1. I understand that some Adventists, including Ellen White, believed that the universe pre-existed the creation of life on earth. It is not clear to me how the Solar System connected and how much this distinction between universe and earth was made in sermons, popular discussion, and church publishing.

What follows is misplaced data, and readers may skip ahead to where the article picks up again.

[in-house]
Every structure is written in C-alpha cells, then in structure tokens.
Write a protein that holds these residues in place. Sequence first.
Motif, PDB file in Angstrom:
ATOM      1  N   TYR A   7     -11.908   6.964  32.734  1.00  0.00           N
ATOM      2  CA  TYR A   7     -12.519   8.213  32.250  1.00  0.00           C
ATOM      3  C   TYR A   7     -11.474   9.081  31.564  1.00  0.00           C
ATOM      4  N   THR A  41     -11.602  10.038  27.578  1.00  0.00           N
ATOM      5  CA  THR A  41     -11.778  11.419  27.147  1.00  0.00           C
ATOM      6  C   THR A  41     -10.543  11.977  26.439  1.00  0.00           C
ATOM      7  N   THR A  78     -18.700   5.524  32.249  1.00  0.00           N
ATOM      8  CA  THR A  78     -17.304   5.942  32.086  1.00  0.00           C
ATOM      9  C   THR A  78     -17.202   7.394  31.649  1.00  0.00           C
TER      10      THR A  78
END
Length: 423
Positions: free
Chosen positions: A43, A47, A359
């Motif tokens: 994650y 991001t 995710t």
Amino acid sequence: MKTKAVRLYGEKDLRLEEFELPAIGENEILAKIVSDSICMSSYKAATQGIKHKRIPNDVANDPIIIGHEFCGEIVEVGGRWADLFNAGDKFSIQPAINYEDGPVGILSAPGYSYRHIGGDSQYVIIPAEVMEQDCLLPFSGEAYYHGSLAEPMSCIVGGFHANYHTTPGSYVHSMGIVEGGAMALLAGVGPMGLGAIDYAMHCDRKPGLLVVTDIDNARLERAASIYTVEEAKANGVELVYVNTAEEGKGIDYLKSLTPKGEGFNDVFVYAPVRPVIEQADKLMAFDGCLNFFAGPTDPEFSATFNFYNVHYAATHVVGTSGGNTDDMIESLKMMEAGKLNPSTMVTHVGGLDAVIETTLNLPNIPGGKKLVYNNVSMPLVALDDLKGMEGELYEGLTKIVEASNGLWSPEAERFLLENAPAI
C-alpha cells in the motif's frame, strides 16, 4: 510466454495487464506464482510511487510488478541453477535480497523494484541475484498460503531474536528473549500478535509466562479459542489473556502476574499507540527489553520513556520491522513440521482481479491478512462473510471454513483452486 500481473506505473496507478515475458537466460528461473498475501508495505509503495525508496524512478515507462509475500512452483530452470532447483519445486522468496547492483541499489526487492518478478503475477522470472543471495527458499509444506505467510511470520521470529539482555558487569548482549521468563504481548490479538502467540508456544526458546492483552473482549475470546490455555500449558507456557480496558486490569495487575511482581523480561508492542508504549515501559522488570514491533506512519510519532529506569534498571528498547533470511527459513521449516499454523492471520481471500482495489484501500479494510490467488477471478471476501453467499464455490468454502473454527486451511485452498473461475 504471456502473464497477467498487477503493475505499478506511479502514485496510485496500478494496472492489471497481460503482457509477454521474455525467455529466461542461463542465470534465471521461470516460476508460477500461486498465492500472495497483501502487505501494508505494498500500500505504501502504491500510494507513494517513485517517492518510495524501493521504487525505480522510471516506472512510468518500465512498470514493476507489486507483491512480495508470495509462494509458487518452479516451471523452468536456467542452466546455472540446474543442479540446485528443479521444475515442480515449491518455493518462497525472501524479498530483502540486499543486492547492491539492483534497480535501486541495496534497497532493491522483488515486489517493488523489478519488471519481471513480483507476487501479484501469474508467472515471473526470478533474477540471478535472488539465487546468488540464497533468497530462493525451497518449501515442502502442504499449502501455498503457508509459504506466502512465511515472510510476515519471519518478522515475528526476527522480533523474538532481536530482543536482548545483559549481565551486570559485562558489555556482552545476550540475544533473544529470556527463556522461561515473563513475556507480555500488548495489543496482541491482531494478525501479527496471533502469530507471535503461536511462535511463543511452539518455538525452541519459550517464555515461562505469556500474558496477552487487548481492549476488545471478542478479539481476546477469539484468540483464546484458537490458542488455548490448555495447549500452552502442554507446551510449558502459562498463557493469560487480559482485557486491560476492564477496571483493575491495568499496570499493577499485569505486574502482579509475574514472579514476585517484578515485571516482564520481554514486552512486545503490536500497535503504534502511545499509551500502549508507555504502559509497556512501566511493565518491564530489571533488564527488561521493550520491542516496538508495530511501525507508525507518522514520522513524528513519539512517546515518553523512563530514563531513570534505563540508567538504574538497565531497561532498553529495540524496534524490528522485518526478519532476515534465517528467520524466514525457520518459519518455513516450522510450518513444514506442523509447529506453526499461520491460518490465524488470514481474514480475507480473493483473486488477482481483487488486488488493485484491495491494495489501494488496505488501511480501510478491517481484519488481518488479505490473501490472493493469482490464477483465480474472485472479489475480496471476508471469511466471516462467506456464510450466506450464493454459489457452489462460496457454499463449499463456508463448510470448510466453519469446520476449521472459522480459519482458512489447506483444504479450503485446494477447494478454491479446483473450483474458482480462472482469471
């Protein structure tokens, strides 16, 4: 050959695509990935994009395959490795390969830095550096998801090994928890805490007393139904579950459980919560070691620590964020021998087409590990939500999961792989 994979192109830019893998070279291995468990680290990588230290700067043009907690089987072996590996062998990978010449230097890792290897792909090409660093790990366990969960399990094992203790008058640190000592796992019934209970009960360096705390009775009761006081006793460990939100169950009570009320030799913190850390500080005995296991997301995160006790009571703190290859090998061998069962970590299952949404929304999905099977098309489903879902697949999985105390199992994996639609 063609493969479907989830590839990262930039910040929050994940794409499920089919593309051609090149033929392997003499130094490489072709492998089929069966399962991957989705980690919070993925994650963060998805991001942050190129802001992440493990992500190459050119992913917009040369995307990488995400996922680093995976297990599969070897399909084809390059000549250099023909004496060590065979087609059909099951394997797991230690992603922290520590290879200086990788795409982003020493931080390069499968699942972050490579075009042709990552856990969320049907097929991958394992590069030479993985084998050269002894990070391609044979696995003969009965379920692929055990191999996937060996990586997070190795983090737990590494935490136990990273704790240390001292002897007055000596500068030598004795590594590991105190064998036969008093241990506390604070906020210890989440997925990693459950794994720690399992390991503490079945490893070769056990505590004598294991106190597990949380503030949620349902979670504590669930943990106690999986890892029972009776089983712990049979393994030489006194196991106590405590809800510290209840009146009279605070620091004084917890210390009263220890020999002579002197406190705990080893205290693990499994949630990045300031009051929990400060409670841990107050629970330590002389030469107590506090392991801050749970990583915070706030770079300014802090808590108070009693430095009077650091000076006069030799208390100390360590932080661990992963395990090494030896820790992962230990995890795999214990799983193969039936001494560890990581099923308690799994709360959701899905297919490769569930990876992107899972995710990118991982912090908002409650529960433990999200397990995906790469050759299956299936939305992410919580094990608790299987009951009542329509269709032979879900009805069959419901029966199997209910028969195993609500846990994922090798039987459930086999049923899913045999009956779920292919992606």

2. According to Craig, G. Y. and E. J. Jones. A Geological Miscellany. Princeton University Press, 1982, "Ussher calculated the dates of other biblical events, concluding, for example, that Adam and Eve were driven from Paradise on Monday 10 November 4004 BC, and that the ark touched down on Mt Ararat on 5 May 2348 BC `on a Wednesday'."
Image: Salvador Dalí, La desintegración de la persistencia de la memoria, (1954).